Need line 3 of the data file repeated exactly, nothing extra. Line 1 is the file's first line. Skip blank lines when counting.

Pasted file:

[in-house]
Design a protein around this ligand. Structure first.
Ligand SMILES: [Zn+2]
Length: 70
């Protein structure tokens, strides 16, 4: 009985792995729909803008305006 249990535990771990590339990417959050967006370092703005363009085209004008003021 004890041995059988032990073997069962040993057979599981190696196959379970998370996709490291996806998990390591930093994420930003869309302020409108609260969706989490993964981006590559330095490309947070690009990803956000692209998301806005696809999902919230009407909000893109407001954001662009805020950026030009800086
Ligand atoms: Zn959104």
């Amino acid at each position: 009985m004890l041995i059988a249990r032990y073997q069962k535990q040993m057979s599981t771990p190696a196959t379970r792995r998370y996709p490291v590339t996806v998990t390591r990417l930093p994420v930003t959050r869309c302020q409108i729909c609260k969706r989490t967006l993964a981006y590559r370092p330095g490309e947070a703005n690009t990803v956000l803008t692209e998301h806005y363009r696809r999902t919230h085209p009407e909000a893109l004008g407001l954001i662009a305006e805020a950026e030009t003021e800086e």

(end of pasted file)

Ligand SMILES: [Zn+2]